- “Everyone has the right to a standard of living adequate for the health and well-being of himself and of his family, including food, clothing, housing and medical care and necessary social services, and the right to security in the event of unemployment, sickness, disability, widowhood, old age or other lack of livelihood in circumstances beyond his control.” (Article 25 of the Universal Declaration of Human Rights)

- “2. All peoples may, for their own ends, freely dispose of their natural wealth and resources without prejudice to any obligations arising out of international economic co-operation, based upon the principle of mutual benefit, and international law. In no case may a people be deprived of its own means of subsistence. 3. The States Parties to the present Covenant, including those having responsibility for the administration of Non-Self-Governing and Trust Territories, shall promote the realization of the right of self-determination, and shall respect that right, in conformity with the provisions of the Charter of the United Nations.” (Article 1 of International Covenant on Economic, Social and Cultural Rights)

- “1. The States Parties to the present Covenant recognize the right of everyone to an adequate standard of living for himself and his family, including adequate food, clothing and housing, and to the continuous improvement of living conditions. The States Parties will take appropriate steps to ensure the realization of this right, recognizing to this effect the essential importance of international co-operation based on free consent. 2. The States Parties to the present Covenant, recognizing the fundamental right of everyone to be free from hunger, shall take, individually and through international co-operation, the measures, including specific programmes, which are needed: .. (b) Taking into account the problems of both food-importing and food-exporting countries, to ensure an equitable distribution of world food supplies in relation to need.” (Article 11 of International Covenant on Economic, Social and Cultural Rights)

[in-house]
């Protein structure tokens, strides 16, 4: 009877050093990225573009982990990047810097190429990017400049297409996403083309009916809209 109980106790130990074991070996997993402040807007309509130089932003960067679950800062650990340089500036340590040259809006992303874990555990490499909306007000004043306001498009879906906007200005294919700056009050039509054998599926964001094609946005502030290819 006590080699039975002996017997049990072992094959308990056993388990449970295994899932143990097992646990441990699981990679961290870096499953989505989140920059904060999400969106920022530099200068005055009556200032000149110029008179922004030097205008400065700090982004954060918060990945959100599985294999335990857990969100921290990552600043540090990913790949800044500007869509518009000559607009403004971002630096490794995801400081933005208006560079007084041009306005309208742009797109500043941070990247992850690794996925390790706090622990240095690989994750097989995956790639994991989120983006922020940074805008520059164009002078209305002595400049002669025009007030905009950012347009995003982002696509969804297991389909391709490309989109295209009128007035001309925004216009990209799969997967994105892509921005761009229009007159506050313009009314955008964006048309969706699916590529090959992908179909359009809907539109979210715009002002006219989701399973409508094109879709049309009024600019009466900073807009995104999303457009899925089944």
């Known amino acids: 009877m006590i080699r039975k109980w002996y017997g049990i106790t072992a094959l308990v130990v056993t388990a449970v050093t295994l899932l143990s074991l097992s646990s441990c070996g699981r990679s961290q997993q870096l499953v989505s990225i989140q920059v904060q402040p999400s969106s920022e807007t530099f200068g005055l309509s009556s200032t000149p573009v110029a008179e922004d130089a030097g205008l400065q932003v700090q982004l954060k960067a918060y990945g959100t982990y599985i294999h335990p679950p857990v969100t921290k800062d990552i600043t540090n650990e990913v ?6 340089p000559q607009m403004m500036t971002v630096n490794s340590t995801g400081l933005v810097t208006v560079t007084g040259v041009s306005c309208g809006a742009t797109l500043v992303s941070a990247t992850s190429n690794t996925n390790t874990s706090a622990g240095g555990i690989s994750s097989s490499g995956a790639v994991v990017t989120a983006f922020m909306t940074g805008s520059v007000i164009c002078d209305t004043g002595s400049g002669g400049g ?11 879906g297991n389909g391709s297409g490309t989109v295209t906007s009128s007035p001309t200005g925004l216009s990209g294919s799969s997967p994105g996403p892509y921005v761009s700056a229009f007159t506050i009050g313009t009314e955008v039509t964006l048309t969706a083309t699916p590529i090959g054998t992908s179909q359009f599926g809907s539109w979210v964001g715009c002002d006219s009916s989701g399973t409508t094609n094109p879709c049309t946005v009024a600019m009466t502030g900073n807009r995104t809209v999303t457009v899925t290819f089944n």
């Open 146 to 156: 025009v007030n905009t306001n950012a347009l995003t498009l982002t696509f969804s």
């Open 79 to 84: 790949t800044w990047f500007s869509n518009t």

- “1. Starvation of civilians as a method of warfare is prohibited. 2. It is prohibited to attack, destroy, remove or render useless objects indispensable to the survival of the civilian population, such as foodstuffs, agricultural areas for the production of foodstuffs, crops, livestock, drinking water installations and supplies and irrigation works, for the specific purpose of denying them for their sustenance value to the civilian population or to the adverse Party, whatever the motive, whether in order to starve out civilians, to cause them to move away, or for any other motive.” (Article 54 of Protocol 1 of 1977 Additional to the Geneva Convention)

- “No protected person may be punished for an offence he or she has not personally committed. Collective penalties and likewise all measures of intimidation or of terrorism are prohibited. Pillage is prohibited. Reprisals against protected persons and their property are prohibited.” (Article 33 of the Fourth Geneva Convention of 1949)

- “To the fullest extent of the means available to it the Occupying Power has the duty of ensuring the food and medical supplies of the population; it should, in particular, bring in the necessary foodstuffs, medical stores and other articles if the resources of the occupied territory are inadequate. The Occupying Power may not requisition foodstuffs, articles or medical supplies available in the occupied territory, except for use by the occupation forces and administration personnel, and then only if the requirements of the civilian population have been taken into account. Subject to the provisions of other international Conventions, the Occupying Power shall make arrangements to ensure that fair value is paid for any requisitioned goods. The Protecting Power shall, at any time, be at liberty to verify the state of the food and medical supplies in occupied territories, except where temporary restrictions are made necessary by imperative military requirements.” (Article 55 of the Fourth Geneva Convention of 1949).